As a researcher, consultant and advocate for students with disabilities, I have spent the last 25 years working to ensure that every child can have access to a high-quality public education.
This access has become even more precarious as school districts and states grapple with the COVID-19 pandemic.
Adjusting to distance learning is challenging in the most ideal of circumstances. For students with disabilities, who often thrive on the routine and structure of school, processing this change can be tremendously challenging.
We are also asking the parents of our most complex learners to put on a new hat—implementing Individualized Education Programs, modifying curriculum and accessing district services remotely.
These parents are already stretched thin by attempting to work from home themselves or by searching for childcare, a nearly herculean task at this time, so they can deliver essential services.
There is no tried and tested lesson plan for this situation. But with the continued support of the Walton Family Foundation and others, our organization is rapidly adjusting to this “new normal,” helping charter management operators, authorizers, schools and parents understand the resources available to students with disabilities as they continue their education from home.
We’re also working hard to stay on top of shifting guidance from states and the federal government to ensure that students’ rights under the Individuals with Disabilities Education Act (IDEA) and Section 504 are upheld.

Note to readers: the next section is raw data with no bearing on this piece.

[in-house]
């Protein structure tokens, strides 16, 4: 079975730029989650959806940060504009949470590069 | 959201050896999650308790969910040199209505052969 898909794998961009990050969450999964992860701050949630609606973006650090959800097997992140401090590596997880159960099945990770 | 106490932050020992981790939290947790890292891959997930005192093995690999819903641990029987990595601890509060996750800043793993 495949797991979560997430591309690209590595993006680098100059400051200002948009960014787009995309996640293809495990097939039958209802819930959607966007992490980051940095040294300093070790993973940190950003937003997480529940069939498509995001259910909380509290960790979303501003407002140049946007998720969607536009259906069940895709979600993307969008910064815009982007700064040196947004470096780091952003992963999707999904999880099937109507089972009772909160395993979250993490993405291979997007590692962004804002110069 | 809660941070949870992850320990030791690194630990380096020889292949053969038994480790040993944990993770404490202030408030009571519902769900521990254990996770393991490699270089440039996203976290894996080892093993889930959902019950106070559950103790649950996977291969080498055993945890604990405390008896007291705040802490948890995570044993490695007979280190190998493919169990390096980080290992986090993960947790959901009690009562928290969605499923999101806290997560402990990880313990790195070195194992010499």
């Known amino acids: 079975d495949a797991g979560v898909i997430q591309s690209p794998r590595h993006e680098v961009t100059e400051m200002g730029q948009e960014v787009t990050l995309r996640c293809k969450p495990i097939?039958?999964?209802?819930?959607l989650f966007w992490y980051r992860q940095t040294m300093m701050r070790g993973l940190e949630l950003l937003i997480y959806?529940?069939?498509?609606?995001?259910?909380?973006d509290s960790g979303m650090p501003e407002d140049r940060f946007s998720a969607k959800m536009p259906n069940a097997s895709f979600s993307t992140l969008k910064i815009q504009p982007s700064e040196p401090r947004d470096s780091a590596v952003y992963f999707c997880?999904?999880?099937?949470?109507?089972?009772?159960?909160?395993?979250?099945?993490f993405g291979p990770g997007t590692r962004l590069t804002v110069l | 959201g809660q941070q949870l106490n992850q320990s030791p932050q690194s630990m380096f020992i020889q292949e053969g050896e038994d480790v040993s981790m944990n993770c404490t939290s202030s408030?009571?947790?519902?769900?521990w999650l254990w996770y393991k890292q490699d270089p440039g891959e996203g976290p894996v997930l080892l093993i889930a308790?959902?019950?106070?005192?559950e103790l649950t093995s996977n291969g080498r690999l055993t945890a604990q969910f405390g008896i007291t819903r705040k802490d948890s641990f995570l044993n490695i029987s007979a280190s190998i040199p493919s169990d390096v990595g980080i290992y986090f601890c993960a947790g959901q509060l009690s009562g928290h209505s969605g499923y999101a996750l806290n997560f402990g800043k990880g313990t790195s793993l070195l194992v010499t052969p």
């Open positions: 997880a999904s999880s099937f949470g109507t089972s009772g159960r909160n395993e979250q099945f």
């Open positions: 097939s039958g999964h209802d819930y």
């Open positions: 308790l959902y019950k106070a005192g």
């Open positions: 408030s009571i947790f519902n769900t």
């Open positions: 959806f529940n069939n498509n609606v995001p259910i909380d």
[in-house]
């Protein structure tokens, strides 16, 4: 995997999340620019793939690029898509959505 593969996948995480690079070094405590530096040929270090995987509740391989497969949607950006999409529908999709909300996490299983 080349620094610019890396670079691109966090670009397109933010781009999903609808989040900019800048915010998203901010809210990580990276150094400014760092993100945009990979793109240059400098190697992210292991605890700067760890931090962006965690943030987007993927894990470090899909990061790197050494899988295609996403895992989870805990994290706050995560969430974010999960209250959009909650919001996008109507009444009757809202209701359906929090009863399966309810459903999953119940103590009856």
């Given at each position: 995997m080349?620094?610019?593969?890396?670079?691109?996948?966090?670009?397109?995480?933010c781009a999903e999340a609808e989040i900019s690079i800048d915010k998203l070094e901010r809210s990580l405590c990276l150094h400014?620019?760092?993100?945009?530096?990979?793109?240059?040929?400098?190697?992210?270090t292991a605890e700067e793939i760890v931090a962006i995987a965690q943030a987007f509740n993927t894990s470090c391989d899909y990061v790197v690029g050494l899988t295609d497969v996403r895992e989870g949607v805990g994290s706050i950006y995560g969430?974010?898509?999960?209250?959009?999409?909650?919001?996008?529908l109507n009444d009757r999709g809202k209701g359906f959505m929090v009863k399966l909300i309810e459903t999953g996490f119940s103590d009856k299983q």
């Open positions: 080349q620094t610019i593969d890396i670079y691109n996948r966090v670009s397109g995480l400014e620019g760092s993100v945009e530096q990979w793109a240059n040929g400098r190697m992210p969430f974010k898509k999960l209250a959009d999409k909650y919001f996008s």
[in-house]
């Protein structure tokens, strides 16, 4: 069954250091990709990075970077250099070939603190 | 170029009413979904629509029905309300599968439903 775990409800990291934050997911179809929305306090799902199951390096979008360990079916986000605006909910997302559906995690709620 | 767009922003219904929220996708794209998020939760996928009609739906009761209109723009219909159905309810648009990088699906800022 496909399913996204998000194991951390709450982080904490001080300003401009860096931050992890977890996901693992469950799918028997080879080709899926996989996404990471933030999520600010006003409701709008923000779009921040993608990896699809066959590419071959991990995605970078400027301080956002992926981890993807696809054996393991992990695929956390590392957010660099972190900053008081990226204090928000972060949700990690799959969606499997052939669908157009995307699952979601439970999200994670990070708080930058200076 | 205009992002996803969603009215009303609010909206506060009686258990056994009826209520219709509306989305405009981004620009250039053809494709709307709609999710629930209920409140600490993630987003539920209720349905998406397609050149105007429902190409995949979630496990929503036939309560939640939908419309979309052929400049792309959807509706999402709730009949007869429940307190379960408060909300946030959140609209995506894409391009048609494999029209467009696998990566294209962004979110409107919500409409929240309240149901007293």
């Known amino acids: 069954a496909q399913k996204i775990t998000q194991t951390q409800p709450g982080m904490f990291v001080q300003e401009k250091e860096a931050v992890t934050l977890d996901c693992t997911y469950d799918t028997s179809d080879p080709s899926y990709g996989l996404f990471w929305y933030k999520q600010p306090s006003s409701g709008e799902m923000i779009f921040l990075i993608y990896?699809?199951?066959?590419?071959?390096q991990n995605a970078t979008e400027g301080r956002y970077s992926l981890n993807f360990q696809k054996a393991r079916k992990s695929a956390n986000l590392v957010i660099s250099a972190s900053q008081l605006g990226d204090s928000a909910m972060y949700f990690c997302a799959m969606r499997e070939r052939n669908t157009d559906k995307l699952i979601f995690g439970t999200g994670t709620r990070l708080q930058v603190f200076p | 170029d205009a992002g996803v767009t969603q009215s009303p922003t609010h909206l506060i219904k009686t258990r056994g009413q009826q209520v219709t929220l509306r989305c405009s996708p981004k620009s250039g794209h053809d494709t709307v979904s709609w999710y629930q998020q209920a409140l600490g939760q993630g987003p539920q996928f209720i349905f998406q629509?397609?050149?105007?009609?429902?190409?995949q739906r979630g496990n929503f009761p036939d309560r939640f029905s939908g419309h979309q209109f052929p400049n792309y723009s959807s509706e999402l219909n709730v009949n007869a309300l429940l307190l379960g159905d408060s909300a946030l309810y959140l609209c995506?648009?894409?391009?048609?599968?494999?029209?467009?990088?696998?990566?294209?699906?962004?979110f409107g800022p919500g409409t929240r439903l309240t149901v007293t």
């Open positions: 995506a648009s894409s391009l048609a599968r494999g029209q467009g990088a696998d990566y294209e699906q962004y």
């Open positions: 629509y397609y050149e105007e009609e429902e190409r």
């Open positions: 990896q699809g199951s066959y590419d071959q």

The need is clear.
Searches for information about educating students with disabilities during this crisis have driven an over 1000% increase in weekly traffic to our website, and a webinar we held regarding the legal and programmatic issues of remote education drew just shy of 500 attendees.
We’re receiving outreach from educators, administrators and parents, many of them new to our work. The surge in interest shows us that in these unprecedented times, our efforts are needed more than ever.
Our staff—already a remote workforce prior to the pandemic—hasn’t missed a beat in rising to this challenge. As they continue to work tirelessly to create and share materials and resources with educators, we are also circulating best practices—what’s working in real-time in school districts across the country.
We are encouraging schools to follow the model of successful and proactive programs like Paramount School of Excellence in Indianapolis; Friendship Public Charter School in Washington, DC; and Strive Prep in Colorado, which are getting on the phone with every parent of a student with an IEP, assigning special educators to students, and building strong channels of communication, personal instruction and support wherever possible.
This pandemic is a reminder that when it comes to educating our children, humility is a constant, and grace is a necessity.
I have seen encouraging evidence that charter schools are leveraging their nimbleness and autonomy to quickly adapt and develop strategies to ensure that students with disabilities are central to the new distance learning context.
For parents of students with disabilities and the schools that serve them, the learning curve will be steep, but it’s not insurmountable.
In these challenging times, the parents and educators who have always advocated for the equitable education of their children will need to continue to do so as schools try to shift gears on a dime.